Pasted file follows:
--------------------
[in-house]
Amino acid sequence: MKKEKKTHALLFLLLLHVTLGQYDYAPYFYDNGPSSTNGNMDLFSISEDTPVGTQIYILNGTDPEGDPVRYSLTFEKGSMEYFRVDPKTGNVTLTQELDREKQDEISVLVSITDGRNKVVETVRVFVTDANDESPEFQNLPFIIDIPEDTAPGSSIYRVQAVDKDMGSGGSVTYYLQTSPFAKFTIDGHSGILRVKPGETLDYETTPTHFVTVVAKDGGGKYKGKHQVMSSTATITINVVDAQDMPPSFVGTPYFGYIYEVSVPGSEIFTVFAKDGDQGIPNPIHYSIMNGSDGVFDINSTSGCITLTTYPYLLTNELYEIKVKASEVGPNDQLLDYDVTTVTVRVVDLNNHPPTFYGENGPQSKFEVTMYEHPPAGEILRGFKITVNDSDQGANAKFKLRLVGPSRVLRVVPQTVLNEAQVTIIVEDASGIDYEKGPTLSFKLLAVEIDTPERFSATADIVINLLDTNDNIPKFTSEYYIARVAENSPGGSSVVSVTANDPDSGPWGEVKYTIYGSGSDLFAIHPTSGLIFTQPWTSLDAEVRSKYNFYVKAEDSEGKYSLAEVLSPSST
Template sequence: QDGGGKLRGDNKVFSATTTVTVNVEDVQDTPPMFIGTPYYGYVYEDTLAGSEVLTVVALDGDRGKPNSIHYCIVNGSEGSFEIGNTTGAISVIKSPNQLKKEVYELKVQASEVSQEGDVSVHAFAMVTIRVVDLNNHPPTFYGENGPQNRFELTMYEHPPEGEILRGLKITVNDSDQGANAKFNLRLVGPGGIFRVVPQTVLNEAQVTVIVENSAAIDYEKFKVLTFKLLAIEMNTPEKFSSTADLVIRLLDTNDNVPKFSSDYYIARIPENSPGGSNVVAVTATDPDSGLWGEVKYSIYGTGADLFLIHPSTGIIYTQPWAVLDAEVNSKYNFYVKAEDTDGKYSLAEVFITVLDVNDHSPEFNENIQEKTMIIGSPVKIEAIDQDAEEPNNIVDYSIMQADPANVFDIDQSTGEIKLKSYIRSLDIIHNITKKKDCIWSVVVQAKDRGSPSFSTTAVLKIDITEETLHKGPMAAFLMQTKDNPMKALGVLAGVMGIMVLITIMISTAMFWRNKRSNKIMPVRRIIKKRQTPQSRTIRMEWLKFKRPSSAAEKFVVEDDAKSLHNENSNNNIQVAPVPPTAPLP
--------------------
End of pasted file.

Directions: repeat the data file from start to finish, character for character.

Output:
[in-house]
Amino acid sequence: MKKEKKTHALLFLLLLHVTLGQYDYAPYFYDNGPSSTNGNMDLFSISEDTPVGTQIYILNGTDPEGDPVRYSLTFEKGSMEYFRVDPKTGNVTLTQELDREKQDEISVLVSITDGRNKVVETVRVFVTDANDESPEFQNLPFIIDIPEDTAPGSSIYRVQAVDKDMGSGGSVTYYLQTSPFAKFTIDGHSGILRVKPGETLDYETTPTHFVTVVAKDGGGKYKGKHQVMSSTATITINVVDAQDMPPSFVGTPYFGYIYEVSVPGSEIFTVFAKDGDQGIPNPIHYSIMNGSDGVFDINSTSGCITLTTYPYLLTNELYEIKVKASEVGPNDQLLDYDVTTVTVRVVDLNNHPPTFYGENGPQSKFEVTMYEHPPAGEILRGFKITVNDSDQGANAKFKLRLVGPSRVLRVVPQTVLNEAQVTIIVEDASGIDYEKGPTLSFKLLAVEIDTPERFSATADIVINLLDTNDNIPKFTSEYYIARVAENSPGGSSVVSVTANDPDSGPWGEVKYTIYGSGSDLFAIHPTSGLIFTQPWTSLDAEVRSKYNFYVKAEDSEGKYSLAEVLSPSST
Template sequence: QDGGGKLRGDNKVFSATTTVTVNVEDVQDTPPMFIGTPYYGYVYEDTLAGSEVLTVVALDGDRGKPNSIHYCIVNGSEGSFEIGNTTGAISVIKSPNQLKKEVYELKVQASEVSQEGDVSVHAFAMVTIRVVDLNNHPPTFYGENGPQNRFELTMYEHPPEGEILRGLKITVNDSDQGANAKFNLRLVGPGGIFRVVPQTVLNEAQVTVIVENSAAIDYEKFKVLTFKLLAIEMNTPEKFSSTADLVIRLLDTNDNVPKFSSDYYIARIPENSPGGSNVVAVTATDPDSGLWGEVKYSIYGTGADLFLIHPSTGIIYTQPWAVLDAEVNSKYNFYVKAEDTDGKYSLAEVFITVLDVNDHSPEFNENIQEKTMIIGSPVKIEAIDQDAEEPNNIVDYSIMQADPANVFDIDQSTGEIKLKSYIRSLDIIHNITKKKDCIWSVVVQAKDRGSPSFSTTAVLKIDITEETLHKGPMAAFLMQTKDNPMKALGVLAGVMGIMVLITIMISTAMFWRNKRSNKIMPVRRIIKKRQTPQSRTIRMEWLKFKRPSSAAEKFVVEDDAKSLHNENSNNNIQVAPVPPTAPLP